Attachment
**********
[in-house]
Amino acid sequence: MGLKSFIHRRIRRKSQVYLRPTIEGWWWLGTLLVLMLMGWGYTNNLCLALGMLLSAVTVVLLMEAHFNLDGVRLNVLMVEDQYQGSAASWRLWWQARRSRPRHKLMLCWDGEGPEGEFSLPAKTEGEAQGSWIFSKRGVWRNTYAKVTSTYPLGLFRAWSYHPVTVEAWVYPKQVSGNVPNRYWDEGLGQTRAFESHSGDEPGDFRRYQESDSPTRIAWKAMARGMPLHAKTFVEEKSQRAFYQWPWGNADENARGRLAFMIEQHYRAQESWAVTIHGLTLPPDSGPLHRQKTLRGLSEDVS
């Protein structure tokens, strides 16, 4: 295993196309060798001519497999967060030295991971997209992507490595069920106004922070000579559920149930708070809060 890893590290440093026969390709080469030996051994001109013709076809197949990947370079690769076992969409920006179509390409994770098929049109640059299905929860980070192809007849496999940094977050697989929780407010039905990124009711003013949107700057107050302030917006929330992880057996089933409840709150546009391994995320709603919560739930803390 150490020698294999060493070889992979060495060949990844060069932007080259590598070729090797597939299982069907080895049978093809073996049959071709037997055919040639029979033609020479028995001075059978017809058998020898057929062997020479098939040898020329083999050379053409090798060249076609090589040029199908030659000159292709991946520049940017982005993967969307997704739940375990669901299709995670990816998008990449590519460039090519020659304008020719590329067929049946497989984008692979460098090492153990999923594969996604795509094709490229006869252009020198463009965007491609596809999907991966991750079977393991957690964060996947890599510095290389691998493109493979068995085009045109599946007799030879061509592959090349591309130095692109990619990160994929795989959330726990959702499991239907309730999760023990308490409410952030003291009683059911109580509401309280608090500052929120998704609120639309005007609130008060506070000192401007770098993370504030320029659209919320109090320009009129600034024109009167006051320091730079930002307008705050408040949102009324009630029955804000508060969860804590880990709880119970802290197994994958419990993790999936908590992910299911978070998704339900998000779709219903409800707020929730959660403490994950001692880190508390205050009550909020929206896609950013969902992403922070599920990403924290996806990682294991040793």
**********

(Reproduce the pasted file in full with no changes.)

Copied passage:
[in-house]
Amino acid sequence: MGLKSFIHRRIRRKSQVYLRPTIEGWWWLGTLLVLMLMGWGYTNNLCLALGMLLSAVTVVLLMEAHFNLDGVRLNVLMVEDQYQGSAASWRLWWQARRSRPRHKLMLCWDGEGPEGEFSLPAKTEGEAQGSWIFSKRGVWRNTYAKVTSTYPLGLFRAWSYHPVTVEAWVYPKQVSGNVPNRYWDEGLGQTRAFESHSGDEPGDFRRYQESDSPTRIAWKAMARGMPLHAKTFVEEKSQRAFYQWPWGNADENARGRLAFMIEQHYRAQESWAVTIHGLTLPPDSGPLHRQKTLRGLSEDVS
């Protein structure tokens, strides 16, 4: 295993196309060798001519497999967060030295991971997209992507490595069920106004922070000579559920149930708070809060 890893590290440093026969390709080469030996051994001109013709076809197949990947370079690769076992969409920006179509390409994770098929049109640059299905929860980070192809007849496999940094977050697989929780407010039905990124009711003013949107700057107050302030917006929330992880057996089933409840709150546009391994995320709603919560739930803390 150490020698294999060493070889992979060495060949990844060069932007080259590598070729090797597939299982069907080895049978093809073996049959071709037997055919040639029979033609020479028995001075059978017809058998020898057929062997020479098939040898020329083999050379053409090798060249076609090589040029199908030659000159292709991946520049940017982005993967969307997704739940375990669901299709995670990816998008990449590519460039090519020659304008020719590329067929049946497989984008692979460098090492153990999923594969996604795509094709490229006869252009020198463009965007491609596809999907991966991750079977393991957690964060996947890599510095290389691998493109493979068995085009045109599946007799030879061509592959090349591309130095692109990619990160994929795989959330726990959702499991239907309730999760023990308490409410952030003291009683059911109580509401309280608090500052929120998704609120639309005007609130008060506070000192401007770098993370504030320029659209919320109090320009009129600034024109009167006051320091730079930002307008705050408040949102009324009630029955804000508060969860804590880990709880119970802290197994994958419990993790999936908590992910299911978070998704339900998000779709219903409800707020929730959660403490994950001692880190508390205050009550909020929206896609950013969902992403922070599920990403924290996806990682294991040793």